Third, progress was achieved in the further institutionalization of alliance management. While media attention was focused on the trilateral summit, another historic event took place: the joint meeting of foreign and defense ministers, and national security advisers of the Philippines and the United States. During the inaugural 3+3 meeting, the leaders “discussed ways to deepen coordination regarding shared challenges in the [South China Sea], including repeated harassment of lawful Philippine operations by the [PRC].” Together with other existing platforms, the 3+3 dialogue is another effort to strengthen the management of the alliance. Further institutionalizing the alliance below the level of the top leadership is critical especially in the context of domestic political transitions. As was seen during the Duterte administration, the institutional ties between Manila and Washington played a crucial role in ensuring that the alliance remains intact amidst the efforts of a populist firebrand to upend long-standing Philippine foreign policy.

As expected, China blasted the trilateral summit, and criticized the Philippines for “seeking backing from non-regional countries as they infringe on China’s sovereignty and rights and make provocations at sea.”  China earlier accused the United States of using the Philippines as a “pawn a pawn to stir up trouble in the South China Sea.” In short, Beijing is effectively saying the Manila does not have any agency. However, such accusations discount the fact the Philippines has legitimate national interests which happen to compatible with the interests of like-minded countries. In other words, President Marcos’ historic trip to Washington and the initiatives stemming from the visit is a state’s exercise of agency amidst the complexity of the regional security environment.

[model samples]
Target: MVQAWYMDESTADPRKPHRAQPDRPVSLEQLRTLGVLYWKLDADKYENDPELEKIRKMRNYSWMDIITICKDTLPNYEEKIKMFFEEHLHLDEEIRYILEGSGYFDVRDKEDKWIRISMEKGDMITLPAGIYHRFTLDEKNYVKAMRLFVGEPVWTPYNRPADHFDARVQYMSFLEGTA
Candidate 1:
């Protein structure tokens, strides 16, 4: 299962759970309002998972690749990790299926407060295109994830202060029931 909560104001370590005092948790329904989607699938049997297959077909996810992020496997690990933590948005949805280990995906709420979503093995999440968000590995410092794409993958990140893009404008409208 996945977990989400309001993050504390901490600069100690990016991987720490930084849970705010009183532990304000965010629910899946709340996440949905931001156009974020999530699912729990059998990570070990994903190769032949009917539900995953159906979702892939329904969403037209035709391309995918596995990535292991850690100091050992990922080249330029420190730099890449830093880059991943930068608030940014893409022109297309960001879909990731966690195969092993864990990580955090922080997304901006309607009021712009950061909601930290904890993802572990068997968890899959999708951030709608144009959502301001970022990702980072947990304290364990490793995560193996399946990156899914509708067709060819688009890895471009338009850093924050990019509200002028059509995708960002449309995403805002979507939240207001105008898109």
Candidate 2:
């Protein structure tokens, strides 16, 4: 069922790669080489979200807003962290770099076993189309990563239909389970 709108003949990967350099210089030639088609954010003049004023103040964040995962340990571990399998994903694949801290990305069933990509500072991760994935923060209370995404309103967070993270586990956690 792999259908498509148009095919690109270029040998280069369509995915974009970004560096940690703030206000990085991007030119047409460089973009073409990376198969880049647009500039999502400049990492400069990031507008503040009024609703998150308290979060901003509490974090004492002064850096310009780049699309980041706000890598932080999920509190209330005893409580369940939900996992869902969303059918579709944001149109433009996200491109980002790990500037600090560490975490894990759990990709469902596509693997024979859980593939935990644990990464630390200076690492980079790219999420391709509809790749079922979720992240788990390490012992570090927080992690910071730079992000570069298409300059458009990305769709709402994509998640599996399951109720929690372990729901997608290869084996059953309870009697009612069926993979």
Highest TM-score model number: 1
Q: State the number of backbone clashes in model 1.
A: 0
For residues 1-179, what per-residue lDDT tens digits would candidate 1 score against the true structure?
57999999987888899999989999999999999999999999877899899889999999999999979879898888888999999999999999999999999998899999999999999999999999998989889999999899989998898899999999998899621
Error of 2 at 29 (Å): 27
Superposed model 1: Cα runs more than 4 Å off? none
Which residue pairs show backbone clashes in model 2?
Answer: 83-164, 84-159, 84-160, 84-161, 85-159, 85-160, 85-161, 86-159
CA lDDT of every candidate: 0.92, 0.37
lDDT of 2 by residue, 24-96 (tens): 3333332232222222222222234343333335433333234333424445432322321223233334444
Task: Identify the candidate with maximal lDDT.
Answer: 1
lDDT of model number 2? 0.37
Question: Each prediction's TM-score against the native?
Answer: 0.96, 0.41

About Mico Galang

Mico A. Galang is a member of the Young Leaders Program, Pacific Forum (Hawaii, United States). His research interests include the international relations of the Indo-Pacific, territorial and maritime disputes, and Philippine foreign and security policies. The views expressed are the author’s alone.